|Publication number||US5903742 A|
|Application number||US 08/739,594|
|Publication date||May 11, 1999|
|Filing date||Oct 30, 1996|
|Priority date||Oct 30, 1996|
|Publication number||08739594, 739594, US 5903742 A, US 5903742A, US-A-5903742, US5903742 A, US5903742A|
|Inventors||Jonathan H. Shiell, Donald E. Steiss|
|Original Assignee||Texas Instruments Incorporated|
|Export Citation||BiBTeX, EndNote, RefMan|
|Patent Citations (10), Referenced by (1), Classifications (10), Legal Events (4)|
|External Links: USPTO, USPTO Assignment, Espacenet|
The technical field of this invention is control registers in microprocessors.
It is known in the art to differentiate between microprocessors of the same family via whether a control register bit is both readable and writable. In particular, it is possible to distinguish between various generations of the Intel x86 family of microprocessors (including the 8086, 80286, 80386, 80486, Pentium and Pentium Pro microprocessors) using this technique. U.S. Pat. No. 5,426,767 METHOD FOR DISTINGUISHING BETWEEN A 386-TYPE CENTRAL PROCESSING UNIT AND A 286-TYPE CENTRAL PROCESSING UNIT issued Feb. 6, 1996 discloses a method to determine if a particular microprocessor is an Intel 80286 or an Intel 80386. This method detects whether bits 12, 13 and 14 of the EFLAGS register may be set to "1". The method generally includes: a write to the EFLAGS register with bits 12, 13, and 14 of the write data set to "111"; a read of the EFLAGS register; and an examination of bits 12, 13, and 14. In an Intel 80286, these bits cannot be set to "1" but are always read as "0". Thus if these bits are "0", the microprocessor is a 80286. In an Intel 80386, these bits may be written set to "1" via a register write instruction. In subsequent reads of the EFLAGS register, these bits would be read as "1". Thus if these bits are read as "1", then the microprocessor is a 80386.
Intel has a practice of employing more bits of the EFLAGS register with each new generation of microprocessors in this family. Thus the new generation of microprocessor changes particular bits from nonwritable/readable only as "0" to both readable and writable as compared with the prior generation. In some cases the particular EFLAGS bits are used for expanded functions in the higher generation. In other cases, the mere fact that a particular bit in the EFLAGS register is both readable and writable indicates that some other expanded function is available in the higher generation. This is the case for the CPUID instruction as disclosed in UK published patent application GB 2,270,176 A entitled "IDENTIFYING A COMPUTER MICROPROCESSOR." Therefore in general, it is possible to distinguish between adjacent pairs of processor generations in the Intel x86 family by whether particular bits of the EFLAGS register are both readable and writable. Independent software developers writing programs for computers using the Intel x86 family of microprocessors typically employ a series of such EFLAGS bits tests to determine the generation of a particular microprocessor within the family. This permits the independent software developer to select between program modules based upon the detected generation. Thus programs may be written to take advantage of features of later generations of the microprocessor family, which are presumably more powerful, and switch to alternate presumably less powerful code for earlier generations without the later added feature. This permits compatibility with plural generations of the microprocessor family while employing more powerful features of later generations.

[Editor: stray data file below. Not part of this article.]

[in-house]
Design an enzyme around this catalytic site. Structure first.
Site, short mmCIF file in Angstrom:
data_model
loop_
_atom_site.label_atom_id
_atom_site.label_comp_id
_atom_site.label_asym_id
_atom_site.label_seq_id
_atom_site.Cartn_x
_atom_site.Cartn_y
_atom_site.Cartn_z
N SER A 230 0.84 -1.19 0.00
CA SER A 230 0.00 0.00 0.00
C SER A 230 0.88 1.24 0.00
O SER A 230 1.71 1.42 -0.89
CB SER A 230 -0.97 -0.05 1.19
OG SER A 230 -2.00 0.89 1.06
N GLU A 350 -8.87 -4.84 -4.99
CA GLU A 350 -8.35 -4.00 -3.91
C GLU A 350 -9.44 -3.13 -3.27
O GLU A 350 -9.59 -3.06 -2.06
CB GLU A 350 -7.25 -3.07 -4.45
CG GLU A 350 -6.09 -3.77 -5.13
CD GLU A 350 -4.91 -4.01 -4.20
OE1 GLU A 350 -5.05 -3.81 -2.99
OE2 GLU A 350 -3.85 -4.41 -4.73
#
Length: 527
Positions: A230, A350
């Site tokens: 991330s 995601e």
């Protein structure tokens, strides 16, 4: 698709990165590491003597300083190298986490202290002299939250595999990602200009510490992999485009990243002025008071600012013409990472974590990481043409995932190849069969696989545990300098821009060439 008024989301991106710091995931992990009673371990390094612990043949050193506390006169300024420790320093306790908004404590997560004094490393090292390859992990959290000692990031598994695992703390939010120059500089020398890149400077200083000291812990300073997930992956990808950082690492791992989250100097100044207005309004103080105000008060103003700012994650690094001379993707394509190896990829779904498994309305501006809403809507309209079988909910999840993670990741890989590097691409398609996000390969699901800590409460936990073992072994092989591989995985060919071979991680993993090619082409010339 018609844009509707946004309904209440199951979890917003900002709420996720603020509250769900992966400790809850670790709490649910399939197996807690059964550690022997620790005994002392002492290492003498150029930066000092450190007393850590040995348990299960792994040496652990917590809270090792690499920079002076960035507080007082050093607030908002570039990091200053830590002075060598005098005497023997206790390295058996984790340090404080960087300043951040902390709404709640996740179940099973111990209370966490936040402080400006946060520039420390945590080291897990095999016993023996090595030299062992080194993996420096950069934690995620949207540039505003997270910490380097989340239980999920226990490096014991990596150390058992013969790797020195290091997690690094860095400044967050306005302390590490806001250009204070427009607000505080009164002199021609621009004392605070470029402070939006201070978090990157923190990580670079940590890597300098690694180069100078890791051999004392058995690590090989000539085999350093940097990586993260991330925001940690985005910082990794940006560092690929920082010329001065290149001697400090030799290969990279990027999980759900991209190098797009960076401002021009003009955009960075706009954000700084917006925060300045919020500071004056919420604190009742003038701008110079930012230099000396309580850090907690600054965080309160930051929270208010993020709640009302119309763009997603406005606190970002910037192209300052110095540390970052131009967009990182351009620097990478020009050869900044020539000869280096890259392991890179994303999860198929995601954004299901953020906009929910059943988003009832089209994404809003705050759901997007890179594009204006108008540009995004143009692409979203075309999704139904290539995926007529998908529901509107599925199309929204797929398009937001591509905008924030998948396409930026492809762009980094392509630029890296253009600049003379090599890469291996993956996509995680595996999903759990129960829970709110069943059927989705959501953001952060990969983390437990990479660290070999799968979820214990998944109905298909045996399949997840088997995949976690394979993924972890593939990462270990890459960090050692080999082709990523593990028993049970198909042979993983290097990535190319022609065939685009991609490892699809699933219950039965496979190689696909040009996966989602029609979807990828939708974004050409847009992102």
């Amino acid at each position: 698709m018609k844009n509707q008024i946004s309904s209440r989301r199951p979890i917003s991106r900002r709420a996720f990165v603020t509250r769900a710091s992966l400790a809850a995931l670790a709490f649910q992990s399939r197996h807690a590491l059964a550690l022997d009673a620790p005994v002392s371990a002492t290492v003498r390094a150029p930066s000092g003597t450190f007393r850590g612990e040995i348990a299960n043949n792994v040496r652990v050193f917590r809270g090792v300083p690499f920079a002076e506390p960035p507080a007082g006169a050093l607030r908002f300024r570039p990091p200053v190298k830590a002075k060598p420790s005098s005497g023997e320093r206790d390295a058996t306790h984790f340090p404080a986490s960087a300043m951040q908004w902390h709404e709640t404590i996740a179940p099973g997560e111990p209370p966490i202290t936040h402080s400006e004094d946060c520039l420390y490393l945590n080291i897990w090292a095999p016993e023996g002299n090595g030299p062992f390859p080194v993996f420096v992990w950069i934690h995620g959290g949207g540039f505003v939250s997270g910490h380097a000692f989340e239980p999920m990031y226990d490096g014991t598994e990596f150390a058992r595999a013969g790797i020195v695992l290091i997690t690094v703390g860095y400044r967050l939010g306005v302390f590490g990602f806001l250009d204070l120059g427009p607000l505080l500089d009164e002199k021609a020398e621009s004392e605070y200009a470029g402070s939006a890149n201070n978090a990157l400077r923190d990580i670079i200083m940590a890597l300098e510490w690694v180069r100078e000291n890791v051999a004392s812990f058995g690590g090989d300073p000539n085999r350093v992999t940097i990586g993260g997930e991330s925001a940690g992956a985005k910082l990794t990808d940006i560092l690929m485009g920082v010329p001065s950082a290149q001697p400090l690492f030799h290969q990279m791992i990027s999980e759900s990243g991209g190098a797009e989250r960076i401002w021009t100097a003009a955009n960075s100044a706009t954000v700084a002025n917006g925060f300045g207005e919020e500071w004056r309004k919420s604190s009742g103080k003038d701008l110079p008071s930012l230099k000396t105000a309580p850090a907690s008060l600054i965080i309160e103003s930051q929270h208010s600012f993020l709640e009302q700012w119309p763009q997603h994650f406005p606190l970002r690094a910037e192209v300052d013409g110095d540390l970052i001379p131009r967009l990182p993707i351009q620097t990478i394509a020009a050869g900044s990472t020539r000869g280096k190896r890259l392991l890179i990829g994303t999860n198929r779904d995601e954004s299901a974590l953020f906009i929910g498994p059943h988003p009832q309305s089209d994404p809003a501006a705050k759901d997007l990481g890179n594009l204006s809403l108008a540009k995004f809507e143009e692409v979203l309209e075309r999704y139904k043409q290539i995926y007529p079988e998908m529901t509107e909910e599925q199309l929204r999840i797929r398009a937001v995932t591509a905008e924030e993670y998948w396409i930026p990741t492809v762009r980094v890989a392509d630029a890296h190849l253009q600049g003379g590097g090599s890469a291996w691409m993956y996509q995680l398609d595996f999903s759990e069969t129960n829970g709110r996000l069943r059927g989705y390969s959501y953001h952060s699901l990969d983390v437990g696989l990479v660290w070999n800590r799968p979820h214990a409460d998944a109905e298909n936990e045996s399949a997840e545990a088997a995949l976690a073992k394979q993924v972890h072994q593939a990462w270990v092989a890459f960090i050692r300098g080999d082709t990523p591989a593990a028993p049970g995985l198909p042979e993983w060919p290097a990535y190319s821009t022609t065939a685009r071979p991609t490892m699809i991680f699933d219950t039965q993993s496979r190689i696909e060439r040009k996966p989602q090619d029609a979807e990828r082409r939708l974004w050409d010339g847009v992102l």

Recently the possibility of construction of a single chip microprocessor with patchable microcode has become feasible. Thus the possible functions of the microprocessor need not be fixed upon manufacture. U.S. Provisional Patent Application Ser. No. 60/013,043 entitled SINGLE CHIP MICROPROCESSOR CIRCUITS, SYSTEMS, AND METHODS FOR SELF-LOADING PATCH MICRO-OPERATION CODES AND PATCH MICROINSTRUCTION CODES and U.S. Provisional Patent Application Ser. No. 60/013,058 entitled MICROPROCESSOR WITH CIRCUITS, SYSTEMS, AND METHODS FOR OPERATING WITH PATCH MICRO-OPERATION CODES AND PATCH MICROINSTRUCTION CODES STORED IN MULTI-PURPOSE MEMORY STRUCTURE, both filed Mar. 8, 1996, disclose a single chip microprocessor in which external systems enable microcode patches. These microcode patches enable change of the functionality of the microprocessor after manufacture. Such microcode patches may be used to correct bugs in the original microprocessor after manufacture even in the possession of the end user. Such bugs include erroneous or anomalous operations produced by errors in the original design. One infamous example of such a bug is the erroneous operation of the floating point divide instruction in response to some data patterns in the Intel Pentium microprocessor. These microcode patches may also be used to add functionality to the microprocessor after manufacture. Depending upon the particular added feature, this microcode patch technique may be capable of adding additional features first implemented by Intel in later generations of the microprocessor family. However, software produced by independent software developers may not be able to take advantage of this microcode patch. Programs developed to take advantage of the new feature would ordinarily check the newly read/writable EFLAGS bit of that generation of microprocessors to determine if the particular microprocessor is of a generation that supports this new feature. An older generation microprocessor with the new feature implemented in patched microcode would fail this test. Thus the independently developed program would not use the new feature implemented in patched microcode because it would not realize the microprocessor supports the new feature.
A microprocessor includes a control register having N bits. The control register includes a predetermined bit which is unconditionally writable to either a first or a second state. The control register further includes at least one additional bit to the predetermined bit. Each additional bit of the control register is writable to either the first state or second state when the first predetermined bit has the first state. Each additional bit is not writable when the first predetermined bit has the second state. The microprocessor further includes at least one circuit controlled by the state of a corresponding one of the additional bits of the control register. The writability of the additional bits is preferably further conditioned upon the state of a machine status register, which is unconditionally writable to either the first state or the second state.